Since time immemorial, some people have suggested that stalemate be declared a loss for the player who is unable to move. This proposal is sometimes called "abolishing the stalemate rule" although I prefer calling it "abolishing the checkmate rule" (the idea is to declare that the game ends when the king is captured, and that it is legal to move into check—although this way of phrasing the rule change means that a "true" stalemate, where a player has no legal moves even if moving into check is legal, remains a draw).

This rule change has some obvious effects on endgame theory. What I'm wondering is whether anyone has created tablebases for this variant of chess, to investigate more thoroughly how much endgame theory would be changed. For example, does the overall draw rate of KRP vs KR, or KQP vs KQ, change noticeably?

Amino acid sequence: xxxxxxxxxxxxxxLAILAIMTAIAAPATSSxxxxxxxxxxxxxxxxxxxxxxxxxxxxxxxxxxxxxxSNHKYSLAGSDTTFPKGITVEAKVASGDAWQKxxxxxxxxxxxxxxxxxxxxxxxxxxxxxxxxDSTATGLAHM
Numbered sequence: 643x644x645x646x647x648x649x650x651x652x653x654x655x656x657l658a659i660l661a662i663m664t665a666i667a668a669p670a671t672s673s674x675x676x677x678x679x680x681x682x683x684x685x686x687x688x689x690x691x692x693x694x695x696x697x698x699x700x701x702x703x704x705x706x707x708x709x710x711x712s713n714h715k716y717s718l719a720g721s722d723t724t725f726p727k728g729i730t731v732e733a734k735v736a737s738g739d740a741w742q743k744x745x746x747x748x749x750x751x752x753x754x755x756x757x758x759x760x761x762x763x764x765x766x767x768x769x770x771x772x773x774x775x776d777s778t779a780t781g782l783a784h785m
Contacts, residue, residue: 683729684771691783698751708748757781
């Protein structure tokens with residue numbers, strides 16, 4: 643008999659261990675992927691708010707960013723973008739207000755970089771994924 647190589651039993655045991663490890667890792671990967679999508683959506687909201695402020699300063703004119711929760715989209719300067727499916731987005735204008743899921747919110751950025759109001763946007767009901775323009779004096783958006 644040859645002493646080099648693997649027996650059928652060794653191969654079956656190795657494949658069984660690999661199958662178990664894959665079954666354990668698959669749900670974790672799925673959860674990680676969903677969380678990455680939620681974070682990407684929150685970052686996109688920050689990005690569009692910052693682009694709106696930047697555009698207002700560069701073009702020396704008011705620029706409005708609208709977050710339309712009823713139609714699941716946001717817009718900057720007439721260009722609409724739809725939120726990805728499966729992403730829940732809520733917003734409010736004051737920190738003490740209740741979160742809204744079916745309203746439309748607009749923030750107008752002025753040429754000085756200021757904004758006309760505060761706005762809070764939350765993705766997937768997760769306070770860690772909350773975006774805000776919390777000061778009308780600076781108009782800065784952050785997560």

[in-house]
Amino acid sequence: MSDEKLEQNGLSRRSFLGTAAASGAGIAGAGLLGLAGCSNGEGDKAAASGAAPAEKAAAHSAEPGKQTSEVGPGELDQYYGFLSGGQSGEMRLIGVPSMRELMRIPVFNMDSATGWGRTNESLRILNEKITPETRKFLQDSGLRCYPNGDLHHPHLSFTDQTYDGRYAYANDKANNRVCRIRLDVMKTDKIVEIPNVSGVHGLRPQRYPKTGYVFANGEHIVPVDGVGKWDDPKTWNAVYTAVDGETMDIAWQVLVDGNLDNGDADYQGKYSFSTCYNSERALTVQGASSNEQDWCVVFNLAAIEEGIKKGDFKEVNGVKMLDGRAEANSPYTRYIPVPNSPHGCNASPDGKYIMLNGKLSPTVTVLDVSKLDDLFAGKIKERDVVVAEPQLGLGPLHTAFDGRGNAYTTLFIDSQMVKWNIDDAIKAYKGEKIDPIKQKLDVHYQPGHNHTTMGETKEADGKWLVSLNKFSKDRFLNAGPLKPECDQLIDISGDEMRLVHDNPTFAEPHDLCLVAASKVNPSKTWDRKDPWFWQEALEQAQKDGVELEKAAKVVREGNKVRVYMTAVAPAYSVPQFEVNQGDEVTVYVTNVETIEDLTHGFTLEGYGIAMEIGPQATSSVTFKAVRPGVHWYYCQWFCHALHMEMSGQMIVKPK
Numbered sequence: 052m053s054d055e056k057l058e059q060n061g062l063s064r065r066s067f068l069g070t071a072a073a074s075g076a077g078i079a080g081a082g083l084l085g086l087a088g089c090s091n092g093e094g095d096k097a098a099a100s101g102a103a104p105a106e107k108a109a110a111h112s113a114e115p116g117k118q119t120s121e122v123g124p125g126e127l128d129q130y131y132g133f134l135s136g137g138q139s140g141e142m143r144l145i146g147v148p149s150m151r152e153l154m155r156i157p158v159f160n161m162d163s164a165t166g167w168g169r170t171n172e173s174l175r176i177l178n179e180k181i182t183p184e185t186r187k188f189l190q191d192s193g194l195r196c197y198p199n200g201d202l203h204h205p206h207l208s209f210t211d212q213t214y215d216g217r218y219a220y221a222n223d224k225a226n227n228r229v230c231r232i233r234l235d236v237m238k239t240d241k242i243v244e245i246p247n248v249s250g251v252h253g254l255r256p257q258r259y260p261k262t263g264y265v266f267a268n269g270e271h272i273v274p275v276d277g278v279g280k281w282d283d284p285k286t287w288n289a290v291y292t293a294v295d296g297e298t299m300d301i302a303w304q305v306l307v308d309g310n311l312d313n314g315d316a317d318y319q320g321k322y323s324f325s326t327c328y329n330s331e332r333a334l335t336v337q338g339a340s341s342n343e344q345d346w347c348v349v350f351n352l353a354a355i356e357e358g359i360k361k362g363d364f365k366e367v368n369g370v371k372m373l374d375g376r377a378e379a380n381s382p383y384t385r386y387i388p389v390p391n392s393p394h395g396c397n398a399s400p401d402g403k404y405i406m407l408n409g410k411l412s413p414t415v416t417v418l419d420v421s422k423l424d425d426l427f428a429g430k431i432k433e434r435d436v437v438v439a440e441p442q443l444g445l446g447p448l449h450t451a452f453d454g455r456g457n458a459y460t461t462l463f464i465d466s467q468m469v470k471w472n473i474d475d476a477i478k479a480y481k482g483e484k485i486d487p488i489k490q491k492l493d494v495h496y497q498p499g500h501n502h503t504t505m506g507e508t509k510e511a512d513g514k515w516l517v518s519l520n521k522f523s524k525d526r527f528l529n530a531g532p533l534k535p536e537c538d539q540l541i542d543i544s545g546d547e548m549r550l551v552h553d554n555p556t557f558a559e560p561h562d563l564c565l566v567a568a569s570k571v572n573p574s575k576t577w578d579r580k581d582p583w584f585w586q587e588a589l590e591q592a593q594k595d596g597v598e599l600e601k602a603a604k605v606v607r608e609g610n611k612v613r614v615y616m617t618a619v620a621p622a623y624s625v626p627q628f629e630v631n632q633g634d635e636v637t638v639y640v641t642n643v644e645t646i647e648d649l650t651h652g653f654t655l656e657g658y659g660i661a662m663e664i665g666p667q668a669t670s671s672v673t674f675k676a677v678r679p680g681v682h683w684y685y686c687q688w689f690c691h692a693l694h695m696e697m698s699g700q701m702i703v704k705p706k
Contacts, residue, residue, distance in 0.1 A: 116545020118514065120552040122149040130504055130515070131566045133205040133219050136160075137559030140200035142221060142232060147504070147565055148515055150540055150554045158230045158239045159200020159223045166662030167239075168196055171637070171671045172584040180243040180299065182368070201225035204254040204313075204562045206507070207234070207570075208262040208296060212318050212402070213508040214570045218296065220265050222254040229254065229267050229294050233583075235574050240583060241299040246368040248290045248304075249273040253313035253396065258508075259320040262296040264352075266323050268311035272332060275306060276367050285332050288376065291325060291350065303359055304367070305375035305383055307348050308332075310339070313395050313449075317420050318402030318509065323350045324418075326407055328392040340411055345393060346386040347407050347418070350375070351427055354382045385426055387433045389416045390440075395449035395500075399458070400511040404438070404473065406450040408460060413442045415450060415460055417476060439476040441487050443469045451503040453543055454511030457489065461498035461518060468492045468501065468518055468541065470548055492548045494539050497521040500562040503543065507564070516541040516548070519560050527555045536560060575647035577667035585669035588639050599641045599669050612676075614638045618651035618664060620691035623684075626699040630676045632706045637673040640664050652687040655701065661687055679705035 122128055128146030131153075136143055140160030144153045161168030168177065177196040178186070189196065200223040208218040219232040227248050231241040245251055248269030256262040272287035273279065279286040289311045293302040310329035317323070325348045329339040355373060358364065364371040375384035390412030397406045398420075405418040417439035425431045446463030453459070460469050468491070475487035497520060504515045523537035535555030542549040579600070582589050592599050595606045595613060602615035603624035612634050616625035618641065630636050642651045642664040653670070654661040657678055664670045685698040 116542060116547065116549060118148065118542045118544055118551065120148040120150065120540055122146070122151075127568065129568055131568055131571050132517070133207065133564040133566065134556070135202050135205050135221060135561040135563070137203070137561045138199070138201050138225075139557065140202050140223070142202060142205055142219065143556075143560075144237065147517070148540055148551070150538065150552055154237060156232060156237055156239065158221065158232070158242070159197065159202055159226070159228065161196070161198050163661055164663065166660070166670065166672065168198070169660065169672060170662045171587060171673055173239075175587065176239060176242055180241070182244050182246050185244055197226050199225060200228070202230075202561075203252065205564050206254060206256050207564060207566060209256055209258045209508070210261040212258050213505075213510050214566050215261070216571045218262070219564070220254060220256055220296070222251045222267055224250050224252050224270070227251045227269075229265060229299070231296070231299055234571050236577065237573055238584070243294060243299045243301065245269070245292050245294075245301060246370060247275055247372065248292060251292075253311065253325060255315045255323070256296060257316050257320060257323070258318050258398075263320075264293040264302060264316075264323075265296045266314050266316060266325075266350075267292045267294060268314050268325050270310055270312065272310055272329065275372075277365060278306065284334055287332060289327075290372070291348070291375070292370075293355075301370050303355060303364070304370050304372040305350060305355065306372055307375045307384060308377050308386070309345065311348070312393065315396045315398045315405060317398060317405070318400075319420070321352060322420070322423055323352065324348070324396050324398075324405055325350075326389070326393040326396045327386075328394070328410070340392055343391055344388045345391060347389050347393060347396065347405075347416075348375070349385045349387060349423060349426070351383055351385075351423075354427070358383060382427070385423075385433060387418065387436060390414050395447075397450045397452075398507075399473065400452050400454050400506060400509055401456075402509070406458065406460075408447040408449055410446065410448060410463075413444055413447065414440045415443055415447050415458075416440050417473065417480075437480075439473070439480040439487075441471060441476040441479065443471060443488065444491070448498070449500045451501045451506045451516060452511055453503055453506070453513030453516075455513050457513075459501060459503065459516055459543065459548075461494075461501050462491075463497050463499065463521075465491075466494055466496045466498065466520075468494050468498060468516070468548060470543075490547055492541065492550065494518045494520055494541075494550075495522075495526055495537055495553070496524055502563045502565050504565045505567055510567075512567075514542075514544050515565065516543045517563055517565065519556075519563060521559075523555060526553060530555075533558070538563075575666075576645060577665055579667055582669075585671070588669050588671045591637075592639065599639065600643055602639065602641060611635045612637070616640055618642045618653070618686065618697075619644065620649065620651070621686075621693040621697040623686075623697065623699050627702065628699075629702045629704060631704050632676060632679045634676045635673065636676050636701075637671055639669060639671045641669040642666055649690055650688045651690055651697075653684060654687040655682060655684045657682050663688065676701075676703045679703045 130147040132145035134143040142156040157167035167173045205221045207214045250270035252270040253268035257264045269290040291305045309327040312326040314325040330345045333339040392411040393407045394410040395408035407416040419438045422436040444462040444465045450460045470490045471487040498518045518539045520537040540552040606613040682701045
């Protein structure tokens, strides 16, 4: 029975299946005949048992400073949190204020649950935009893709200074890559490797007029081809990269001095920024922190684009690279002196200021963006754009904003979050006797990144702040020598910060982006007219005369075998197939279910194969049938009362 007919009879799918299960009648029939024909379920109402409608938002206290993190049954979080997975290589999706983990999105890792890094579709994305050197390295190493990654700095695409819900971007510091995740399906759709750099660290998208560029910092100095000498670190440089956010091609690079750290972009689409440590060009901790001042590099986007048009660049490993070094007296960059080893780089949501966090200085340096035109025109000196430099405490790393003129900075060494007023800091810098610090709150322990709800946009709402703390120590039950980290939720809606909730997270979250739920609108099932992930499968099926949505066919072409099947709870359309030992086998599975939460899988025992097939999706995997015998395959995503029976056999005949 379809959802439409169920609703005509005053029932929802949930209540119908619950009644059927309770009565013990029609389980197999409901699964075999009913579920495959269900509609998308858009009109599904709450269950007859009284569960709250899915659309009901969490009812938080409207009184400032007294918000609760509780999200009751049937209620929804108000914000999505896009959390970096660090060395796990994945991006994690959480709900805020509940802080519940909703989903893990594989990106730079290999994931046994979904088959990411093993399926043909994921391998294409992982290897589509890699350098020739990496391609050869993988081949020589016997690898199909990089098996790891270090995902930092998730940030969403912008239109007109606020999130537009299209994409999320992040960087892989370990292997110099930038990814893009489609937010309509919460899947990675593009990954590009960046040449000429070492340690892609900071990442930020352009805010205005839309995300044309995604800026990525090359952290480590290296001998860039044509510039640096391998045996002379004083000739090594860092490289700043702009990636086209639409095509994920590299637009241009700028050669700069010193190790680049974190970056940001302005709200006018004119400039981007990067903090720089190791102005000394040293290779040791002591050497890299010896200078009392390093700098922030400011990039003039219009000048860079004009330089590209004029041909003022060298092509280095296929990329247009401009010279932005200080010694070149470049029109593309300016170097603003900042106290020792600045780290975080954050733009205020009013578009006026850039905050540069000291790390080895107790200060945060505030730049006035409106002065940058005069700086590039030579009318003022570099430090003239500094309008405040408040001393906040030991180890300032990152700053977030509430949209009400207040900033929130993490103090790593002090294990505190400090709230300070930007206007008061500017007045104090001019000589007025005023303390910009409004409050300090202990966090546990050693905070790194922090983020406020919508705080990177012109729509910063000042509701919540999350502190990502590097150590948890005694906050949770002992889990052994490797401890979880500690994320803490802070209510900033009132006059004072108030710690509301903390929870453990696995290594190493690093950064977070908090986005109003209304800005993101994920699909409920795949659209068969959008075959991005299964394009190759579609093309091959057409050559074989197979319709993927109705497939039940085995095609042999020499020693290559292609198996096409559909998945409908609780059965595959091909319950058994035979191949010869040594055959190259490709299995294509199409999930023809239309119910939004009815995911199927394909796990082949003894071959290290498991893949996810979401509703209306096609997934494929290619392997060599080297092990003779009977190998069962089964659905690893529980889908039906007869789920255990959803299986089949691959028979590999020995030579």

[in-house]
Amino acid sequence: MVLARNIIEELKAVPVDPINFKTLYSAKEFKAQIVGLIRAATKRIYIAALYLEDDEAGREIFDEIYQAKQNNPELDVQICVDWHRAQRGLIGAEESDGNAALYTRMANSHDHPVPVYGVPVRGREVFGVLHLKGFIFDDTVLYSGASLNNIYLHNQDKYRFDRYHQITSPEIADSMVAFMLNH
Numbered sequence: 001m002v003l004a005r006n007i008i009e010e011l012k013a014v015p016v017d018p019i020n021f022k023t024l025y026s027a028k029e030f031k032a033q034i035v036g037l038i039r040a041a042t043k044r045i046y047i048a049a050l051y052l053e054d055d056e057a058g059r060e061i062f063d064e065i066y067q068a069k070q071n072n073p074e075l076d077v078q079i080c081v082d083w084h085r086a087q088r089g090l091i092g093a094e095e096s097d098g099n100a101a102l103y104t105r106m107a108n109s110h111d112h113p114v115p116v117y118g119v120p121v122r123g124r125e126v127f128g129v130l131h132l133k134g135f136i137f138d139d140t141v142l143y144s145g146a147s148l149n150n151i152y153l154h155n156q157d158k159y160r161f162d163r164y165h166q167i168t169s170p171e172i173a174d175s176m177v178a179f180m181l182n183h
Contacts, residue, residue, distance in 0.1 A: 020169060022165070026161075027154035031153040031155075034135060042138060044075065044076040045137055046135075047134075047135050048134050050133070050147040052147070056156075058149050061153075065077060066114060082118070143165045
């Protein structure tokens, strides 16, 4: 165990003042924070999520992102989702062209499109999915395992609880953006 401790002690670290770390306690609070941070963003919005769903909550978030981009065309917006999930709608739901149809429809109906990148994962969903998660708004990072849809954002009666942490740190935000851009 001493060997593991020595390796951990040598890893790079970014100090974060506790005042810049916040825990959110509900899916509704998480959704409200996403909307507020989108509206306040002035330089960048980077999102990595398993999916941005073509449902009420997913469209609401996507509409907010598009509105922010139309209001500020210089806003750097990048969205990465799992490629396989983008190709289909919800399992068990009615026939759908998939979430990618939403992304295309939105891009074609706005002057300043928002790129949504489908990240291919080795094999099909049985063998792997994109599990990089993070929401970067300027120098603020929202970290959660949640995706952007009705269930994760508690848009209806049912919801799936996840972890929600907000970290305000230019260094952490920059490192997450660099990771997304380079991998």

• I wonder how the game would be affected if being forced to move into check were a win for the person thus forced, on the basis that forcing an opponent to move into check is considered so grossly unsportsmanlike as to constitute forfeit?
    – supercat
    Dec 11, 2018 at 18:31
  • @supercat : This sounds like an interesting "fairy chess rule" that chess problemists might be able to do something with. Jan 4, 2019 at 19:49
  • One could certainly construct problems where the change would be relevant. My curiosity was about whether the change would ever affect non-contrived scenarios, since the only time it would really matter would be if forcing one's opponent to move into check (which is currently a draw) were the only non-losing move.
    – supercat
    Jan 4, 2019 at 20:23

1 Answer 1


What I'm wondering is whether anyone has created tablebases for this variant of chess,

Interesting proposal, but nobody has done the works to my knowledge. If you would like to participate, you may modify source code of https://github.com/syzygy1/tb.

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